May 2008
Volume 49, Issue 13
ARVO Annual Meeting Abstract  |   May 2008
Development and Characterization of Adult Retinal Explant Organotypic Tissue Culture as an in vitro Model for Intravitreal Stem Cell Transplantation
Author Affiliations & Notes
  • T. V. Johnson
    Brain Repair Centre, Cambridge University, Cambridge, United Kingdom
  • K. R. Martin
    Brain Repair Centre, Cambridge University, Cambridge, United Kingdom
  • Footnotes
    Commercial Relationships  T.V. Johnson, None; K.R. Martin, None.
  • Footnotes
    Support  TVJ: Gates-Cambridge Scholarship, NIH-GPP Studentship, Fight for Sight Summer Student Fellowship; KRM: GSK Clinician-Scientist Award, Glaucoma Research Foundation Grant
Investigative Ophthalmology & Visual Science May 2008, Vol.49, 4286. doi:
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      T. V. Johnson, K. R. Martin; Development and Characterization of Adult Retinal Explant Organotypic Tissue Culture as an in vitro Model for Intravitreal Stem Cell Transplantation. Invest. Ophthalmol. Vis. Sci. 2008;49(13):4286. doi:

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      © ARVO (1962-2015); The Authors (2016-present)

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Purpose: : Transplantation of stem/progenitor cells to treat retinal neurodegenerative disease is a subject of intense investigation. Current therapeutic efforts are limited by low numbers of cells integrating into the retina and suboptimal control over the differentiation and behaviour of grafts. To facilitate investigation into novel methods of improving retinal stem cell therapy, we developed a retinal explant culture system using adult rats.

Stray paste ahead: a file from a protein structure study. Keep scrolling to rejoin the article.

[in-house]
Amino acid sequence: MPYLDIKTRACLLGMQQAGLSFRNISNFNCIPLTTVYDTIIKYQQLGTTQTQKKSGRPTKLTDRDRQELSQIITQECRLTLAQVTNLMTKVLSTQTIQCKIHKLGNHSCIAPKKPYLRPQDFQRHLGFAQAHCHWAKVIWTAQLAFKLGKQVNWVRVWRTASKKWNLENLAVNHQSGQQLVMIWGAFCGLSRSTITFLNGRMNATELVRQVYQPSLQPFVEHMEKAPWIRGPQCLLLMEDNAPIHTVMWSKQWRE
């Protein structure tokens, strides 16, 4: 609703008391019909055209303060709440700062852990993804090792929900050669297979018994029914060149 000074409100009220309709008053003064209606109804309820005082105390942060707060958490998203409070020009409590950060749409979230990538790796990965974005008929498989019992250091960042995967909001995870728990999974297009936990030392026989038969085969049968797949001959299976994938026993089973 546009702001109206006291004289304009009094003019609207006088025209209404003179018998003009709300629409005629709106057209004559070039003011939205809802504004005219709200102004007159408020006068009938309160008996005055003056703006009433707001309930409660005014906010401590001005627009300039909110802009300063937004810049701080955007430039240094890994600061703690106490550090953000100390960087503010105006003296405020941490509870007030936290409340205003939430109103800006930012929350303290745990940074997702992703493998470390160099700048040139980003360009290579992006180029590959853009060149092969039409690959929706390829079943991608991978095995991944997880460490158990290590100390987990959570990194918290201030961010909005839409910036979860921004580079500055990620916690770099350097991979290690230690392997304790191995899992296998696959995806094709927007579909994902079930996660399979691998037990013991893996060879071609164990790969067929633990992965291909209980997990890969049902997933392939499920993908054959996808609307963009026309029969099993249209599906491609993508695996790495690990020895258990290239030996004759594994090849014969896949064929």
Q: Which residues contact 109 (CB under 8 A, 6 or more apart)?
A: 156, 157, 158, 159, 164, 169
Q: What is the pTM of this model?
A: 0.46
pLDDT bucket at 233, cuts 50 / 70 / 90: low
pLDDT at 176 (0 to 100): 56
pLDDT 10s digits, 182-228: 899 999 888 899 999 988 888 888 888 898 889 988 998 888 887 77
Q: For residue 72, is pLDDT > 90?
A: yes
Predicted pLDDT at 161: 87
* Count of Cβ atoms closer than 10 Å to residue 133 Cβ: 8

Methods: : Retinas were explanted from 8-12 week old Sprague Dawley rats retinal ganglion cell (RGC) side up on Millipore filters in B27/N2-supplemented serum-free media or in media containing 25% normal horse serum (NHS) for up to 17 days. Tissue viability was assessed at various time points by gross morphology, propidium iodide (PI) uptake, quantification of cell survival, activated caspase-3 expression, and protein expression patterns. To model intravitreal cell transplantation, 1-2x103 human Müller progenitor cells (hMIO-M1) in 2µL of media were placed on explants. Explant morphology and immunohistochemistry were compared to sectioned whole eyes with or without prior intravitreal hMIO-M1 transplantation.

Results: : Explants cultured in B27/N2 media were viable through 17 days as evidenced by PI exclusion, static cell densities, consistently low caspase-3 expression and little morphological change. In contrast, NHS media was associated with obvious tissue degradation beginning peripherally and encompassing 73±4% (mean ± SEM) of the tissue by day 17; greater and more diffuse PI uptake; significant cell loss over time, especially from the RGC layer (77±5 on day 3 vs. 14±2 cells/mm on day 14, p<0.01); and a temporal increase in active caspase-3+ cells (4±1% on day 3 vs. 19±5% on day 17 in the RGC layer, p<0.01). Explants in B27/N2 media were strongly immunoreactive for β-III-tubulin, neurofilament, NeuN, Brn3a, and Thy-1 as well as GFAP, vimentin, nestin, and glutamine synthetase in the inner retina, whereas expression was weak for NHS media and decreased with time. Seven days after transplantation, glial reactivity as assessed by GFAP expression was highly upregulated in explants and control eyes. Some grafted cells migrated into the retina, but the majority remained outside of the inner limiting membrane.

Conclusions: : Retinal explants cultured in B27/N2 media are viable for at least 2 weeks and mimic in vivo glial reactivity to transplantation while allowing few grafted cells to integrate. This system will be useful for investigating methods to enhance retinal stem cell therapy by providing a manipulatable in vitro model.

Keywords: retinal culture • transplantation • Muller cells 

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